As we passed the group of three, I could faintly see what I thought was the summit ahead of us.  The clouds not only masked the extent of the hike, they made the mountain quiet deceiving.  I thought what I was looking at was the summit but I became disappointed when I topped out and it was a false summit.  Very rarely have I been deceived on a mountain due to a false summit.  The planning and research previously prevented this.  However, with this one, I knew that was summit.  I pushed hard to get there.  That last minute excitement built up and motivated me.  It was a letdown to realize it was a false summit and I experienced a feeling for the first time on the mountain that so many people have expressed to me previously.  That feeling of disappointment was short lived because I knew I had to press on into the unknown.

From the cloudy false summit, we made the final push to the top and arrived at the top of Mount of the Holy Cross at 8:15.  It was cloudy, visibility was reduced to maybe 100 feet, and chilly.  It was awesome and a completely new way for me to experience the top of a 14er.  I had to imagine the precious landscape around, the awe-inspiring views, the climatic look down upon everything else.  My imagination didn’t fail me.  It was beautiful.

The three of us celebrated this summit with the other group of four.  I was quite elated about this summit since I was 80% sure the weather was going to prevent us from making it.  I got a great feeling (Black Eye Peas song just started playing in my head.  Crap!  It is a hard one to stop once it’s started) from reaching a goal that I didn’t fully anticipate to achieve.  I realized that the only thing that would have stopped me today was my mind.  The weather cooperated and was kind (although not it wasn’t a bed of roses).  I didn’t hear a crack of thunder or see the dreadful flash of lightning the entire way.  I was vigilantly looking too.  As I previously said in my write-up of Culebra, that mountain changed me and made me very cautious when it comes to Mother Nature.  I knew I was been a little over-protective and worrisome going into this hike given the forecast but I now think it is better to be safe than sorry.  I don’t want to go into a hike assuming that I will reach the summit…which reminds me about a topic I will talk about at the end.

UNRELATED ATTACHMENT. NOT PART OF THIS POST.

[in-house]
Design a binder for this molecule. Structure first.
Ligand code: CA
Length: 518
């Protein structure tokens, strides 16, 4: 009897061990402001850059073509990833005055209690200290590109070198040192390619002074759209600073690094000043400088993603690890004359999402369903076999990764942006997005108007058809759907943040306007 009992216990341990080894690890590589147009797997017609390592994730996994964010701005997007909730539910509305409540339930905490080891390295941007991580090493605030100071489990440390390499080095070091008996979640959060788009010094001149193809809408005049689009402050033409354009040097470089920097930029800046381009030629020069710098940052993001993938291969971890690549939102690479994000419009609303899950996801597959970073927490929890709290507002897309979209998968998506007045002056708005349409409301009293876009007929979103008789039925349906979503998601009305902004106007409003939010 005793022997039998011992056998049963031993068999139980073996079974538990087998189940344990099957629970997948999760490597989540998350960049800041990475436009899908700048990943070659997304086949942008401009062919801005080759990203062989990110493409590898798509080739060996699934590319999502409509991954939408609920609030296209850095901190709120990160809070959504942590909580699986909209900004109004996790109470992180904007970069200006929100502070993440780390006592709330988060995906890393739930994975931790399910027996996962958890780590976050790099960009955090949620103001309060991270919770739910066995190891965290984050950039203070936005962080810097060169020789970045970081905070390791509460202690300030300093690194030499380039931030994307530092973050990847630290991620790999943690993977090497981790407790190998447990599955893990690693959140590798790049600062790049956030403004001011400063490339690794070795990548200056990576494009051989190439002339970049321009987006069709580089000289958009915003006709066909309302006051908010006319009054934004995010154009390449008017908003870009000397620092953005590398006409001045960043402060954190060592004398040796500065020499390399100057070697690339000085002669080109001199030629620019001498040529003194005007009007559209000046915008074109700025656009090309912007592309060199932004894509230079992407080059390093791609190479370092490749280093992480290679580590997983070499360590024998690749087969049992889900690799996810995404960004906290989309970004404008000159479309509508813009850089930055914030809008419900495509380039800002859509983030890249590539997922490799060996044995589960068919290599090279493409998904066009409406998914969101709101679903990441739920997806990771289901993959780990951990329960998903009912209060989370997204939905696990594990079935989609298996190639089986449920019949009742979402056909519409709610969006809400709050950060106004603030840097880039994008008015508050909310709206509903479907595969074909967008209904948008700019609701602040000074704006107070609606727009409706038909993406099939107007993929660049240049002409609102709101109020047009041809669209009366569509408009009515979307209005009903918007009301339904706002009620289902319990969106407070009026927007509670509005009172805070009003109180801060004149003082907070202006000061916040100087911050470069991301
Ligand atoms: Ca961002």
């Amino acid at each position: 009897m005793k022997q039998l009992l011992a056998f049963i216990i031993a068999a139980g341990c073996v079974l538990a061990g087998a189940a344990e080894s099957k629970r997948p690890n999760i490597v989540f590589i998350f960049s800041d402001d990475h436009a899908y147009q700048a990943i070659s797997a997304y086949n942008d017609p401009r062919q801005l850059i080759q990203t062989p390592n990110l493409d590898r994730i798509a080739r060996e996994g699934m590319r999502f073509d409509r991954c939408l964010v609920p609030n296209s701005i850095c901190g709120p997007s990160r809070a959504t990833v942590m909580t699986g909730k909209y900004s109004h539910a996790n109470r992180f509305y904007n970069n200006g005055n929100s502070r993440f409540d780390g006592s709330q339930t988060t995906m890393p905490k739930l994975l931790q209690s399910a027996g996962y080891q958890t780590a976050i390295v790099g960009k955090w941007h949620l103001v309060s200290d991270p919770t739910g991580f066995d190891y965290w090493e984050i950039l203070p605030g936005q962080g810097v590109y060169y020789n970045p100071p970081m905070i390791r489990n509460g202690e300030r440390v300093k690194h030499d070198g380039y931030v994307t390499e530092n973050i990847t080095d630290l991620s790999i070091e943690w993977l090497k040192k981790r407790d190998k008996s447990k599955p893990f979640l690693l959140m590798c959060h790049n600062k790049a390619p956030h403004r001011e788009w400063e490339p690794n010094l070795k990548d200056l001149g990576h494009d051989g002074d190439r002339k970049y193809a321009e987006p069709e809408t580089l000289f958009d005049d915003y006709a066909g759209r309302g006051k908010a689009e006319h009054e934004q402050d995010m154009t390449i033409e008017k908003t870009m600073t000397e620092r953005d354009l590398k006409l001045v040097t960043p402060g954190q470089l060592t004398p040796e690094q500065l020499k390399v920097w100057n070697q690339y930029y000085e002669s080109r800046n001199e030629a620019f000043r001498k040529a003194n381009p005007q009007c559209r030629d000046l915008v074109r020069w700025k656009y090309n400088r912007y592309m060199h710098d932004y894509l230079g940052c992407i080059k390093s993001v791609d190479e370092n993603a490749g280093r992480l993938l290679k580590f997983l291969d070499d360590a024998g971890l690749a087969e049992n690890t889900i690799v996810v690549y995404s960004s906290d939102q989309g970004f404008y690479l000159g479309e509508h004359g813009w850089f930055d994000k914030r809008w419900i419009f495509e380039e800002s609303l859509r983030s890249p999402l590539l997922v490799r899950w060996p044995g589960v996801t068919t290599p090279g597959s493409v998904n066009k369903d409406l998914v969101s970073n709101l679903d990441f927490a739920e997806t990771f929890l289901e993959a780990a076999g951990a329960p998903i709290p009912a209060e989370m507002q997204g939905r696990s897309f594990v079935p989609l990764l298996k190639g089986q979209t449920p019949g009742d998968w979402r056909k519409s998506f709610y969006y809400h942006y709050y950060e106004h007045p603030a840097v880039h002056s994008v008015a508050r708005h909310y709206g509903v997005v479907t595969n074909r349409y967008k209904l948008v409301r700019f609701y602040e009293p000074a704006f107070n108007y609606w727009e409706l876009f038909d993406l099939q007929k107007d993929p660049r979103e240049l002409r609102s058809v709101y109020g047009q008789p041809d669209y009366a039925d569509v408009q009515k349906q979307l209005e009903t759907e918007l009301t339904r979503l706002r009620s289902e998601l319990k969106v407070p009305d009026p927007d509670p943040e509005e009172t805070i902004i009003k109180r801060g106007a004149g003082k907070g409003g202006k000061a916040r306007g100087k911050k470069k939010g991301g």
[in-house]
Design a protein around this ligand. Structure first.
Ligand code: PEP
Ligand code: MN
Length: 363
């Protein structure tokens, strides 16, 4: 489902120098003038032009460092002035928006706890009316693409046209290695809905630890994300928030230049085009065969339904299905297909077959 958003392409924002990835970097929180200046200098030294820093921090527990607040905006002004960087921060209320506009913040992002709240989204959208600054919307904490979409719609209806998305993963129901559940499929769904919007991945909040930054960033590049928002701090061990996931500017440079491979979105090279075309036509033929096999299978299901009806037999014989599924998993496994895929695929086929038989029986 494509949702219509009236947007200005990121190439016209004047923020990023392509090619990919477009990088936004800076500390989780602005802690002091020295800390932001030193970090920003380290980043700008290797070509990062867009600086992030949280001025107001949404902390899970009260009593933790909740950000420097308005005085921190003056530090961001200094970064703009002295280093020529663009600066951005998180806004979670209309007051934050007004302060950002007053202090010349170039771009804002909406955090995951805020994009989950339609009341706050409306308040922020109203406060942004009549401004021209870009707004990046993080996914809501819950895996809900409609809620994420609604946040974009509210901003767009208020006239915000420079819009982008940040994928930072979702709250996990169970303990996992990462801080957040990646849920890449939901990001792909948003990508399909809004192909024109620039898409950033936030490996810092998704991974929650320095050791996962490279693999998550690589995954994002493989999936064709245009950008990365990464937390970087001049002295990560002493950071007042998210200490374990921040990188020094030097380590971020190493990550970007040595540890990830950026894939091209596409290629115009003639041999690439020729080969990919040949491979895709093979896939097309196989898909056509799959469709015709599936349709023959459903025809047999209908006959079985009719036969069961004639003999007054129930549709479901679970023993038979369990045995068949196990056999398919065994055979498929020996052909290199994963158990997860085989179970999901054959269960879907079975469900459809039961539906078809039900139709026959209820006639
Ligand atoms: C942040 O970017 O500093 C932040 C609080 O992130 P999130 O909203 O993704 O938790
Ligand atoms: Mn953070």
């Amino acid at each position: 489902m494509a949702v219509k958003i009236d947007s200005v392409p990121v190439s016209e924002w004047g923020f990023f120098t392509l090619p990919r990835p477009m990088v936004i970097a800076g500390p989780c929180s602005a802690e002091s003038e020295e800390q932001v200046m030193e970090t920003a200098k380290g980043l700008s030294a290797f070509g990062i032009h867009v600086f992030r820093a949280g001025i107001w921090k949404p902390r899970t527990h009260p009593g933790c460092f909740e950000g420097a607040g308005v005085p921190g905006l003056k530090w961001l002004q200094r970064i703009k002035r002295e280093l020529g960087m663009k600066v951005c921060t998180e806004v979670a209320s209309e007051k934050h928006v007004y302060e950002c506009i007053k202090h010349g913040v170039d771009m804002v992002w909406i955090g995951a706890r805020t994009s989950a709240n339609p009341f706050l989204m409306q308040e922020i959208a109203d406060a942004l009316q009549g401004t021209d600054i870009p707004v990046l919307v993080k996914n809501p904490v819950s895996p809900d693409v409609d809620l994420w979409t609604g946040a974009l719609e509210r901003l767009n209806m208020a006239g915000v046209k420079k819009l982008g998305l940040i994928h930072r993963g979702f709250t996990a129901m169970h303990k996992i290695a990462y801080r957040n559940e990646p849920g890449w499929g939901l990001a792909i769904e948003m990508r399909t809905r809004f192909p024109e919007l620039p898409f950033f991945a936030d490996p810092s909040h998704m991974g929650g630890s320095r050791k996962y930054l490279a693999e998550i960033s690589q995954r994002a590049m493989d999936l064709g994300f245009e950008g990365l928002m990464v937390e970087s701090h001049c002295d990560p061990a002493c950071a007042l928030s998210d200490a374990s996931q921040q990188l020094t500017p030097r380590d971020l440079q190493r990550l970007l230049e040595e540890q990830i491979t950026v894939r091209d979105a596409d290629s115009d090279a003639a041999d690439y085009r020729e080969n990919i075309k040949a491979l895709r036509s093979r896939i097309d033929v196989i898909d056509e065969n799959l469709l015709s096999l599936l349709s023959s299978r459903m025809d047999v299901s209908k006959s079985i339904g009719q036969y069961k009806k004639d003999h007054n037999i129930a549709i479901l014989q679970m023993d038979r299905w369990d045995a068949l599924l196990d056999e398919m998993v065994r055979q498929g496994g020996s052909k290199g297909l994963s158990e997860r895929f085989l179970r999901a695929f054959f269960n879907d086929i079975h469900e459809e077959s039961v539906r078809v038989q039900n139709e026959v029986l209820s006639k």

We did the normal summit celebrations and I drank my Fat Tire.  Another Fat Tire before 9:00 in the morning…my parents must be so proud.  We didn’t stay long on the summit because the weather still wasn’t ideal and we figured it was best to begin the trek back.   Charlie and Jon began their descent but I paused to pray and take a personal video on top of the summit.  I have really started to enjoy my personal videos on top of the mountain.  It is another great way for me to document my adventure and I enjoy looking back on them.

When I left the summit at 8:40, I was about 10 minutes behind Charlie and Jon.  I couldn’t see them because of the clouds. The feeling of being isolated troubled me.  I down- climbed the talus fairly quickly but after a near fall I decided it was more important to get down to them safely.  The rock was really slick due to the rain and moisture.  I ended up catching up to them at the false summit.